Cooperative Hunting in Moray Eels and Grouper Fish

Read time: 5 minutes

Symbiotic relationships are a fascinating occurrence in the animal kingdom, and can be a sight to behold in species deemed the most unlikely of allies. For most of us, when we think of mutualistic inter-species relationships we conjure images of remora fish hitchhiking on sharks, oxpecker birds stationed atop hippos or perhaps bees buzzing between flowers. In short, interactions whereby one species services another for the promise of a meal. You might even remember exciting renditions of terrestrial mammalian carnivores forming inter-species hunting groups, like the fabled tales of wolf and hyena coalition, whereby both species set aside the usual enmity to shake down prey together in the middle east.

Mutualism is the most common symbiosis, where both or all species benefit and is often done by exchanging skill sets. Cooperative hunting is a form of this, and is an ongoing source of fascination for researchers. The division of labour in a cooperative hunting context requires impressive social organisation skills, and we see it among well-known social predators like lions, chimpanzees, hyaenas, grey wolves and African wild dogs. Every group member must know their role and anticipate the actions of their teammates. Pretty impressive when you consider the degree of self-awareness needed to conduct such organised hunts.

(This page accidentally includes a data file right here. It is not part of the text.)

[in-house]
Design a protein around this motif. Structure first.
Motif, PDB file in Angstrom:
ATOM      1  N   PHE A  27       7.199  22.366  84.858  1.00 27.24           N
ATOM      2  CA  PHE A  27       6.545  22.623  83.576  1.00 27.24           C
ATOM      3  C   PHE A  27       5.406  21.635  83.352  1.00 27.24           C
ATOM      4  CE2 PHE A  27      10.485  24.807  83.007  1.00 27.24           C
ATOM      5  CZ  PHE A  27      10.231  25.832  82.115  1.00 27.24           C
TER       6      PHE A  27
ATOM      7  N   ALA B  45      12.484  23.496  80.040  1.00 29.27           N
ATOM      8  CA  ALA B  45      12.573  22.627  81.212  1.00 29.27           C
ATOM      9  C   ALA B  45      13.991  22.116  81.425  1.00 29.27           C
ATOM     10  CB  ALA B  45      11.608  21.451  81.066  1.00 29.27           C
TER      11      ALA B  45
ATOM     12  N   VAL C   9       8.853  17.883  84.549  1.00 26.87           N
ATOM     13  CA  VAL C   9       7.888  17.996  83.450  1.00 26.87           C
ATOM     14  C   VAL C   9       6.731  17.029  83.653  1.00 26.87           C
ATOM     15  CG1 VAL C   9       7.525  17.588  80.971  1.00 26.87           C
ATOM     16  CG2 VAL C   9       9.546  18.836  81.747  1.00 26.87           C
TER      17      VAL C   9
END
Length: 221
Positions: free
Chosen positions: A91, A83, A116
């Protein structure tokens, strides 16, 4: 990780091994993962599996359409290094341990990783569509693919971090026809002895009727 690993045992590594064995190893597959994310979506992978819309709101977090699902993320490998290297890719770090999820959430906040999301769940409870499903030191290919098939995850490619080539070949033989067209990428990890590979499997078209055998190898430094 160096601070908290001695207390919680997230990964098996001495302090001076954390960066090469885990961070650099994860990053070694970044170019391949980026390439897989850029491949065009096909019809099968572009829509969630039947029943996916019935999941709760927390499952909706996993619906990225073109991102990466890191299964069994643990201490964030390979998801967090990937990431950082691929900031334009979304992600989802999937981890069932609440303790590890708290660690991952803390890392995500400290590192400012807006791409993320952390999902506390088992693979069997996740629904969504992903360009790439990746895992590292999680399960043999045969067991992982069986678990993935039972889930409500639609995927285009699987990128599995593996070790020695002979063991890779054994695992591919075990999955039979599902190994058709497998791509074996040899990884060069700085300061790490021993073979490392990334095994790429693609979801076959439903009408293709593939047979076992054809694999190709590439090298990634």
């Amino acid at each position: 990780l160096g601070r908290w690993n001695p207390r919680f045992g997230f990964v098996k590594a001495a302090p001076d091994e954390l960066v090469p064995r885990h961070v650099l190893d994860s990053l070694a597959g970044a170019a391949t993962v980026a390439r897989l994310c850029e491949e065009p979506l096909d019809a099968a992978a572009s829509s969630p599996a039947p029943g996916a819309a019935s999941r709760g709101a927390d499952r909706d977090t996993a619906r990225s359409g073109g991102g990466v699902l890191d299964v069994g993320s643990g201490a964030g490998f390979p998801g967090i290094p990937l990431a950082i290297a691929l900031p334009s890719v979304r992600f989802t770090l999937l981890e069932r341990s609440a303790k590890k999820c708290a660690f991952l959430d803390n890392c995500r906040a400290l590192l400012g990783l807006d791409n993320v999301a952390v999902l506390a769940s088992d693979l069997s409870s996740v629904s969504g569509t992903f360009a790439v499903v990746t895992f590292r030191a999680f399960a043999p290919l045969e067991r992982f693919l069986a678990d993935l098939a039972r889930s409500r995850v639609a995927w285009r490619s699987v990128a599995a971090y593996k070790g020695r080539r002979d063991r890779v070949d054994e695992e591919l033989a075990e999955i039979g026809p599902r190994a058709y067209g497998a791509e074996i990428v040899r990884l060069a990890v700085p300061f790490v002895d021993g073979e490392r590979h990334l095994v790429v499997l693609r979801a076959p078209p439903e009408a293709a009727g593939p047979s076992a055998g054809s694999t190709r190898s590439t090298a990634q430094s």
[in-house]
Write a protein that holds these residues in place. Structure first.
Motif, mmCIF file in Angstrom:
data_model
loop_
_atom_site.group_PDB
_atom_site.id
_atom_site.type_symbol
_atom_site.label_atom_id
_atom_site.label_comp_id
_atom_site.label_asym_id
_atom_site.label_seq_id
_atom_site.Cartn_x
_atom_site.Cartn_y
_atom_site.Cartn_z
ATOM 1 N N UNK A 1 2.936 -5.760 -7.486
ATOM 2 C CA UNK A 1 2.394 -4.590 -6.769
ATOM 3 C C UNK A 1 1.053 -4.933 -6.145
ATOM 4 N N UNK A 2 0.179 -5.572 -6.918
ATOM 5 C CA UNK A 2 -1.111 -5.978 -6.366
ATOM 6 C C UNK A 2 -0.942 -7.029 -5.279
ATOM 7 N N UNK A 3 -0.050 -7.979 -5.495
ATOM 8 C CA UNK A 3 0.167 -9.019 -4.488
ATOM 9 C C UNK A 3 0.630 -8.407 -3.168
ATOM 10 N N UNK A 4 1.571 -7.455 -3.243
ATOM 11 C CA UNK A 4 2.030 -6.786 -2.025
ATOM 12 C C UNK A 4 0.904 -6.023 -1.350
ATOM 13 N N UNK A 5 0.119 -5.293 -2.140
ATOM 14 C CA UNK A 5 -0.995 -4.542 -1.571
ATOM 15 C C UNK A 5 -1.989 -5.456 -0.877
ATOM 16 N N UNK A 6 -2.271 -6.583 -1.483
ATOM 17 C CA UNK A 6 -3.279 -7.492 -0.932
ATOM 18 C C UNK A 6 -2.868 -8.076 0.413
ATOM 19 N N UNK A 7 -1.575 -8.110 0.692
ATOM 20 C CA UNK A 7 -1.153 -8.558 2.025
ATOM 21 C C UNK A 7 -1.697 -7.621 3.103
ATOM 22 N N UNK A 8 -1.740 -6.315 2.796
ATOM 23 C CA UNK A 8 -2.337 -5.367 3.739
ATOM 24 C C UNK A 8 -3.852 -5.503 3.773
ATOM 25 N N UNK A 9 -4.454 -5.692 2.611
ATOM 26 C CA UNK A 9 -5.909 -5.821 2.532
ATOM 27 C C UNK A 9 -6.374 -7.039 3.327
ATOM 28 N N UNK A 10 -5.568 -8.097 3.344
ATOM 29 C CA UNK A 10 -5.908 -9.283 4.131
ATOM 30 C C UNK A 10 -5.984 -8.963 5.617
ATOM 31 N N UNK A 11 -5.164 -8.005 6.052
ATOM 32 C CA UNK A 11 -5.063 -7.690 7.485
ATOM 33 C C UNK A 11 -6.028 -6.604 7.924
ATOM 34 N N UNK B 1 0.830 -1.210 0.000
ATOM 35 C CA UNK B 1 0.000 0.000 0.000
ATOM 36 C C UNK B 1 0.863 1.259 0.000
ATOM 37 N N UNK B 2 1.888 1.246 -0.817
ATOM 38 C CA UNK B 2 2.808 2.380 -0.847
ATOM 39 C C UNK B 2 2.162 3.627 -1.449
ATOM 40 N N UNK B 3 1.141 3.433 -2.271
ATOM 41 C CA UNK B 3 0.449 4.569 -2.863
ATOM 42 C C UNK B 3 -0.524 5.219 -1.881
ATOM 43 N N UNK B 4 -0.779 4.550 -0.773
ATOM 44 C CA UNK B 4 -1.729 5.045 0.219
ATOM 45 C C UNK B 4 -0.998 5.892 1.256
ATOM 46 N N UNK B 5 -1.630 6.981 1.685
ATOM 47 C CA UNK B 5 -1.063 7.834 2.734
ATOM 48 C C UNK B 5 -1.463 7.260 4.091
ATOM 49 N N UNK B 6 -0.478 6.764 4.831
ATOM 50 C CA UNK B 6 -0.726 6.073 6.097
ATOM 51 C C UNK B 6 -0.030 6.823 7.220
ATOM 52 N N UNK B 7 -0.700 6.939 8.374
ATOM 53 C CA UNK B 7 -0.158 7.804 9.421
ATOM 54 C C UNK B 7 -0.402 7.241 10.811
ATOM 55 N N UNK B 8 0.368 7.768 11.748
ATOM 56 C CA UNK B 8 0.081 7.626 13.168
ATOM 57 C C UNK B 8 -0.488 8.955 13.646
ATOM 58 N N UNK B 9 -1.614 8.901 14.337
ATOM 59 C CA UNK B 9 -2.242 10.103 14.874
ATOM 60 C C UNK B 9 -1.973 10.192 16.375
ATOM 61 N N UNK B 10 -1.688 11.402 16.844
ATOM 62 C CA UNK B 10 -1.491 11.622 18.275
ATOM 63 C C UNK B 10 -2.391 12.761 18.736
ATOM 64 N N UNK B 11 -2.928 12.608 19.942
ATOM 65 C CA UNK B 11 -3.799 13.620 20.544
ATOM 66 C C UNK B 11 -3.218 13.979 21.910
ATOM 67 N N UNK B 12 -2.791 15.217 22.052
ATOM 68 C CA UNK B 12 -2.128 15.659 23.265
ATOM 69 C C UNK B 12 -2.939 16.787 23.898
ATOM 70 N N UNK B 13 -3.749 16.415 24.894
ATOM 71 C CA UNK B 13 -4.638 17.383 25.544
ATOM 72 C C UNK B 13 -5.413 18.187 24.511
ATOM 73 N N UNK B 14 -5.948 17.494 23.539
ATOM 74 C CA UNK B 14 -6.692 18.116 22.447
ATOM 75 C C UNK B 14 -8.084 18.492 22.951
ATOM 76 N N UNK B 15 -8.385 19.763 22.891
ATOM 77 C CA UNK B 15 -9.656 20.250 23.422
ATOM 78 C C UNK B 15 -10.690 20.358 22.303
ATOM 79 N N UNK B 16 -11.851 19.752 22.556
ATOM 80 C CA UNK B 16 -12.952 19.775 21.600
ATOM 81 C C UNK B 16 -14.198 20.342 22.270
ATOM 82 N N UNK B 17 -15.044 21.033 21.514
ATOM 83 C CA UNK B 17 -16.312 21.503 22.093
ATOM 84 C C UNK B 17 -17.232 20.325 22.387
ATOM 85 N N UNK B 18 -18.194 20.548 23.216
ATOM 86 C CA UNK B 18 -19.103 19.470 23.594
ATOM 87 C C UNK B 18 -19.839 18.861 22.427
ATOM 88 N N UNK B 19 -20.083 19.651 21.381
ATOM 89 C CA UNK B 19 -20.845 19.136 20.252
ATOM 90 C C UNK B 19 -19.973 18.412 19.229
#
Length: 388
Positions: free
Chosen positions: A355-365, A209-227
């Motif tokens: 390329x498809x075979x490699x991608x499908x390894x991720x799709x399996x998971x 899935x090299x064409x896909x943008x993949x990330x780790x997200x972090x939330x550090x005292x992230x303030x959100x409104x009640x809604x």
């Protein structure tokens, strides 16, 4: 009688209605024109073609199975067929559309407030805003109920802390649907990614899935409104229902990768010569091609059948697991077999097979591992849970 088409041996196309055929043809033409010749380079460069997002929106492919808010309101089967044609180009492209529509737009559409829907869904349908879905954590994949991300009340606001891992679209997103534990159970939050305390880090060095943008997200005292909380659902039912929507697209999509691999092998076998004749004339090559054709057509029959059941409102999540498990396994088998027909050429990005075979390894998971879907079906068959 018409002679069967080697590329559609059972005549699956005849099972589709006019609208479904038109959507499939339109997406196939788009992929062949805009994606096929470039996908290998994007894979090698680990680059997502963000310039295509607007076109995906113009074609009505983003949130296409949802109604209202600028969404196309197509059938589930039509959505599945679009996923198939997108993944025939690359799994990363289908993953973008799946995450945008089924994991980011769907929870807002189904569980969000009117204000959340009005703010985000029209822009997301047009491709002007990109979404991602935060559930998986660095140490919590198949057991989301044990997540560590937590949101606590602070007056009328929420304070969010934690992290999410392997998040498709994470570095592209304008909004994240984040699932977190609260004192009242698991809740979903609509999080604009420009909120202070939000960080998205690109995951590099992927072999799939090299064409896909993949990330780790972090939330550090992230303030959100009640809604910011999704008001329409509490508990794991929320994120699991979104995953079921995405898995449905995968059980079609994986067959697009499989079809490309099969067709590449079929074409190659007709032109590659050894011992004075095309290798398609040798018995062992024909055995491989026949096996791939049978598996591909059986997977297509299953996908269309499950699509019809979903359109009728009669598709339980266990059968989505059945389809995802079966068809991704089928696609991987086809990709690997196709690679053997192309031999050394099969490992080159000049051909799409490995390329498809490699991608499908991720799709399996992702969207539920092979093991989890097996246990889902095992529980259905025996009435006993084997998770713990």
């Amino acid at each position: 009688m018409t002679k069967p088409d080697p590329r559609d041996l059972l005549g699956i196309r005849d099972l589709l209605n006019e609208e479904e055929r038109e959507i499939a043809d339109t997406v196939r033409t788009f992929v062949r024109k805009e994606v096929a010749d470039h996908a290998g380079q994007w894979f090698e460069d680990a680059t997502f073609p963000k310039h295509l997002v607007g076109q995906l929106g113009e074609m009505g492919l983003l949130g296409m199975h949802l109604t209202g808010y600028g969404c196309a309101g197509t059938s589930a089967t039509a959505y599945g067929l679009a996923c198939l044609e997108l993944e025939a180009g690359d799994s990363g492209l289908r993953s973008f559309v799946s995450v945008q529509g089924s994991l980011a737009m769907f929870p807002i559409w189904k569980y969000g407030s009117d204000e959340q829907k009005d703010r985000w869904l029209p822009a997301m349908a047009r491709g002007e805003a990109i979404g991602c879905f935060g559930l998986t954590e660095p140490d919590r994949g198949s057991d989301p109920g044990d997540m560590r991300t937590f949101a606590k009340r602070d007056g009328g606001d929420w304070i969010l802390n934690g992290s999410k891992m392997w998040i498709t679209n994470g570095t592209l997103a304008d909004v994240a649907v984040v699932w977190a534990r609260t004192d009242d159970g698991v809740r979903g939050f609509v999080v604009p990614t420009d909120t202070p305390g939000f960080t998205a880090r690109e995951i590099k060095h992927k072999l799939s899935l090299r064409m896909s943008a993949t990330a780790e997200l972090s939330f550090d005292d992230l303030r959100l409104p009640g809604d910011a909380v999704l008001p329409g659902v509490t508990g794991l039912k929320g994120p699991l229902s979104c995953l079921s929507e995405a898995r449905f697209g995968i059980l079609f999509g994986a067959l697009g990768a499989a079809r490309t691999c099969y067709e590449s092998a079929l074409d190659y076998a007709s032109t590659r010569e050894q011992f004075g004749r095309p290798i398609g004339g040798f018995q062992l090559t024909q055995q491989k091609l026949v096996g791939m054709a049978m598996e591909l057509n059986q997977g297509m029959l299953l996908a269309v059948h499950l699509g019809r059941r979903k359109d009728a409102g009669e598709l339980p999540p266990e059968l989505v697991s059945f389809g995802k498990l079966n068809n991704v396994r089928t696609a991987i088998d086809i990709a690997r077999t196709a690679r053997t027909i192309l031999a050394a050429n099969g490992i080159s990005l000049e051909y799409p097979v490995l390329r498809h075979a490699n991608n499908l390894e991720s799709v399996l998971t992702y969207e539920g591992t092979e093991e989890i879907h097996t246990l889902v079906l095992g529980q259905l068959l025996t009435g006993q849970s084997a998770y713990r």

But what about fish? Do they possess the cognitive processes necessary for such complex co-ordination? Well, apparently so. And even more astonishing, with other species: grouper fish and giant moray eels work together to flush out prey! This inter-species relationship was first discovered by Redouan Bshary, a researcher from Switzerland who was studying cleaner wrasses in the coral reefs of the Red Sea, and published in 2006. Since then, footage of this unlikely partnership has been shared widely among scientists across the globe – leading to further discoveries on cross-species cooperation between groupers and other underwater predators. One such revelation was even featured in Blue Planet II, when cameraman Alex Vail went searching for grouper-moray interactions, but was astounded to instead find grouper fish cooperatively hunting with octopus: reminding us that marine life still holds so many secrets we have yet to uncover.